By Kirk Gray of Elite Worldwide
We do a lot of coaching and training in the auto repair industry and have had the privilege of working with some really amazing people and businesses. Often, we will ask folks we are working with, “Why does a first time caller decide to bring their car into your shop?” Inevitably, we will get a chorus of voices saying, “Price!”
Although well intentioned, the folks who think that a first time caller decides where to bring their car based solely on price are dead wrong. Price is not, never has been, and never will be the most important consideration for a first time caller who is trying to decide where to bring their car.
Let me be clear – price, or more specifically price range, is something that is taken into consideration during the decision making process, but it is not at the top of a first time caller’s priority list.
Often times first time callers will ask about price because they don’t know what questions they should be asking. The vast majority of your customers and first time callers are not “car people.” They are accountants, or school teachers or construction workers or whatever they happen to do for a living. Asking about price is a way to start a conversation, and also something that a “non-car person” feels they can talk about with some confidence.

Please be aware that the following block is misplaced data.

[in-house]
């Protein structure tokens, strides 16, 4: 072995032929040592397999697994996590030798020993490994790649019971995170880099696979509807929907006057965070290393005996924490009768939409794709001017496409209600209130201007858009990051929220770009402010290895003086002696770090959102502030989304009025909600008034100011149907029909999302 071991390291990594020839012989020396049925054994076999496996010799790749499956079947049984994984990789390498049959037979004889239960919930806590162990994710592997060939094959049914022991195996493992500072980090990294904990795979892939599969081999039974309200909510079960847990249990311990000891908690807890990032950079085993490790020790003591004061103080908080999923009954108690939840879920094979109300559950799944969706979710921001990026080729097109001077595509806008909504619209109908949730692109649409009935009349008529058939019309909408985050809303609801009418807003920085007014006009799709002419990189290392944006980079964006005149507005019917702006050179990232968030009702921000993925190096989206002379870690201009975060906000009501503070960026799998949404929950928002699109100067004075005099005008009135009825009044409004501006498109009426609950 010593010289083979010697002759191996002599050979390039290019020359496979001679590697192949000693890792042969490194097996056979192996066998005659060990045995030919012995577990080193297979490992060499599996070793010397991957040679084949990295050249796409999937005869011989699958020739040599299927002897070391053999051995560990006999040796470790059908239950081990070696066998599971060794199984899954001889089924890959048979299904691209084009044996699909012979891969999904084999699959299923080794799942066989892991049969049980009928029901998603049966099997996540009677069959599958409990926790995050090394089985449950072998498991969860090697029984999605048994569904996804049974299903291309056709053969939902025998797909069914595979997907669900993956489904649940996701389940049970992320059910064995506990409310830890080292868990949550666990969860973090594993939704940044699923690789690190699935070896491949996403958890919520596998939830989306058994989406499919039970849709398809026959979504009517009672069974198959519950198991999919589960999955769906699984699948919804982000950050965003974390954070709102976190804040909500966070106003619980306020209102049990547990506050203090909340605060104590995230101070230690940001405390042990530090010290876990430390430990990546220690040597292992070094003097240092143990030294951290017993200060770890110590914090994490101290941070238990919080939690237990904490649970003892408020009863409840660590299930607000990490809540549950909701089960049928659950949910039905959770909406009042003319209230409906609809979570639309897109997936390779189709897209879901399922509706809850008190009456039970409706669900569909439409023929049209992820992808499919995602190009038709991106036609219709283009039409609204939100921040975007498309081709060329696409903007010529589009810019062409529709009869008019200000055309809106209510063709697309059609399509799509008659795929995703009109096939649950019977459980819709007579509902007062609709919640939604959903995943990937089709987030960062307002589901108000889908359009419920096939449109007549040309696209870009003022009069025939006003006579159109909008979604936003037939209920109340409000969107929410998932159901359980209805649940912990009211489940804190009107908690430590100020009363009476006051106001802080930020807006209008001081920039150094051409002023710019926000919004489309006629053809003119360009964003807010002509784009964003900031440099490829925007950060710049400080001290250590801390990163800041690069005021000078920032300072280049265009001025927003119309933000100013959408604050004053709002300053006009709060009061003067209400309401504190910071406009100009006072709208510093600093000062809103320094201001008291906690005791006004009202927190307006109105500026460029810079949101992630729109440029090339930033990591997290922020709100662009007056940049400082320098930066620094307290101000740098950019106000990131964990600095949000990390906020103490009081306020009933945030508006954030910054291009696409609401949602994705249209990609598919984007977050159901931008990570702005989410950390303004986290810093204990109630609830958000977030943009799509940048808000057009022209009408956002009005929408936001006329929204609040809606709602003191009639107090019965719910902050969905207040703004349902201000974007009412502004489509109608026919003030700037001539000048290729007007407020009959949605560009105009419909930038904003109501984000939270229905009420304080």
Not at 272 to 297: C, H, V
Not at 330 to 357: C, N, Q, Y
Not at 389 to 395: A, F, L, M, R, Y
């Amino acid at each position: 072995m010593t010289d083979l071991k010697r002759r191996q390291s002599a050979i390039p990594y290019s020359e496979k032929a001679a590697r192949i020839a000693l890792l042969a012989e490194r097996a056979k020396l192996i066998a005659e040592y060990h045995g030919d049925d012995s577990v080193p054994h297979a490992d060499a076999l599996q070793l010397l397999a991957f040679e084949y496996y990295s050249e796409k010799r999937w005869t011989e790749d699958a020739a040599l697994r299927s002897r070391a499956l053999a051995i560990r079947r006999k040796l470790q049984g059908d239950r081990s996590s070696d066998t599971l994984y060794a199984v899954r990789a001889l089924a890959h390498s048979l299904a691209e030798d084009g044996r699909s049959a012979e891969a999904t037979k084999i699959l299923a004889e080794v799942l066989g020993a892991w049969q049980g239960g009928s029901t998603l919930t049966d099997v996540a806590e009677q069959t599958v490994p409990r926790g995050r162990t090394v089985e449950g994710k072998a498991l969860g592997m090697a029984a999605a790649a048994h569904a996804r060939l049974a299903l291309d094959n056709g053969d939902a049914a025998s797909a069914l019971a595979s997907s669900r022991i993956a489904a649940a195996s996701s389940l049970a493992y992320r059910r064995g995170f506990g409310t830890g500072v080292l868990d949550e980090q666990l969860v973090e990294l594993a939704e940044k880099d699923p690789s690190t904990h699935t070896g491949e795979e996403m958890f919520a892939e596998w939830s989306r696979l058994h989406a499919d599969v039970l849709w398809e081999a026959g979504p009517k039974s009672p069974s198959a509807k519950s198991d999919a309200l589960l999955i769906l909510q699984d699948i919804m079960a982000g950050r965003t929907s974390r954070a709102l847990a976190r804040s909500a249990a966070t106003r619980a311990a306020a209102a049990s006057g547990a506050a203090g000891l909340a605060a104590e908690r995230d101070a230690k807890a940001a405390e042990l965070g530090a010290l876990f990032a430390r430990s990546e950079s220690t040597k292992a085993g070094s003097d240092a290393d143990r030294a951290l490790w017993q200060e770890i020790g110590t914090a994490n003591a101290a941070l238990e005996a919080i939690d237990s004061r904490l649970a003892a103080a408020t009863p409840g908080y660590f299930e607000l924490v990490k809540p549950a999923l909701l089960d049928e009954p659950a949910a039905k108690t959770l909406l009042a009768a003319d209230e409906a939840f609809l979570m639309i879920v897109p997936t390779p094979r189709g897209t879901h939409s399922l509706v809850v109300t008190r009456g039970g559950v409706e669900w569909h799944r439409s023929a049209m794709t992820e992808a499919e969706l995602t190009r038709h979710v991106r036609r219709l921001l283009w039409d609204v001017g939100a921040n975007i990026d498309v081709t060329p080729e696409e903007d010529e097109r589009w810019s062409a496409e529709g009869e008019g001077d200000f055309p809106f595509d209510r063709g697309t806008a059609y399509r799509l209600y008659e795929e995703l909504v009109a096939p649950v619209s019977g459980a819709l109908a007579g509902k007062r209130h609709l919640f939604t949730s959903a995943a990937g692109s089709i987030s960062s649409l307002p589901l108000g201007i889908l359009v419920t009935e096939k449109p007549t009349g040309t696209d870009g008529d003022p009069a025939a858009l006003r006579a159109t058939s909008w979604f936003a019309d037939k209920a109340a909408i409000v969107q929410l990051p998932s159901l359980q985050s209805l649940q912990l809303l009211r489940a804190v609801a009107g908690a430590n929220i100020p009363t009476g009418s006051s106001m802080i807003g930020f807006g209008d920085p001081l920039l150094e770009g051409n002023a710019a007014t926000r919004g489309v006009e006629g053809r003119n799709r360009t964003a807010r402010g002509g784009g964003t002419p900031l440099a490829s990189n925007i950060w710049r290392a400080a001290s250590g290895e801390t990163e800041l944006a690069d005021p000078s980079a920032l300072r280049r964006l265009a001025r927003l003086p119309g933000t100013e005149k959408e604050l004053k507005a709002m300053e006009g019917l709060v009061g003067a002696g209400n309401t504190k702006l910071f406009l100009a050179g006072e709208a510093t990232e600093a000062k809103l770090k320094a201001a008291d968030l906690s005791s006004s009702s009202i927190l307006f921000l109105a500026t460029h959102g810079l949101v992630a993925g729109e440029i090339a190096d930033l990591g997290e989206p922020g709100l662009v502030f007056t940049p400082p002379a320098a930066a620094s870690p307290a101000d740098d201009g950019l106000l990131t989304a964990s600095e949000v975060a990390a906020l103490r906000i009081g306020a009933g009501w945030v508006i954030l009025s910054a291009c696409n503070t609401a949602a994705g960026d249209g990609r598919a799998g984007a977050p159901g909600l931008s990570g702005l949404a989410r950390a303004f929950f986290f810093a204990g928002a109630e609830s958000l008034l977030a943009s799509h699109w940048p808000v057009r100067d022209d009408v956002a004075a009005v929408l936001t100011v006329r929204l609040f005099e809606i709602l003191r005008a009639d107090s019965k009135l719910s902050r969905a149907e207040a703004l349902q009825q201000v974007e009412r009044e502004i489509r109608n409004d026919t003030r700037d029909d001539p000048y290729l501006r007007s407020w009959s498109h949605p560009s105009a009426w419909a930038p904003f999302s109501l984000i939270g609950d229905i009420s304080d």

So, you are probably wondering, “If price isn’t the most important thing for a first time caller, what is?” Great question!
The things that influence a first time caller’s decision making process the most when they are looking for somewhere new to get their car serviced are:
Confidence and Comfort– A first time caller has to feel confident that they will be well taken care of by you and your shop, and they have to feel comfortable in taking a chance on you. Think about it… unless a first time caller just moved to your town, they were probably one of your competitor’s customers recently. Why are they now shopping for a new place to get their car worked on? Something negative happened, or the caller perceives that something negative happened at the last shop, which has caused them to look elsewhere for help. They are anxious, have their guard up and are leery about wasting their time with another one of “those shops.” They absolutely want to avoid another negative experience.
The good news is that you can control the outcome of this situation through your actions. You can treat first time callers in a way that encourages confidence and comfort. You can make thoughtful and educated recommendations based on the caller’s needs and concerns rather than coming across as a pushy salesman. You can treat a first time caller with courtesy, respect and kindness. All of these actions, which you have the ability to control, instill confidence and comfort in a first time caller and will make it much more likely that they will agree to make an appointment, and subsequently bring their car into your shop.
Value – Value means different things to different people, depending on the situation. For some people, value may mean “a great deal,” which could be a combination of price and quality. For someone else, value may mean that they feel good about their buying decision after it’s all said and done. And for others, value may mean that they feel they were treated with respect and courtesy during the purchasing process.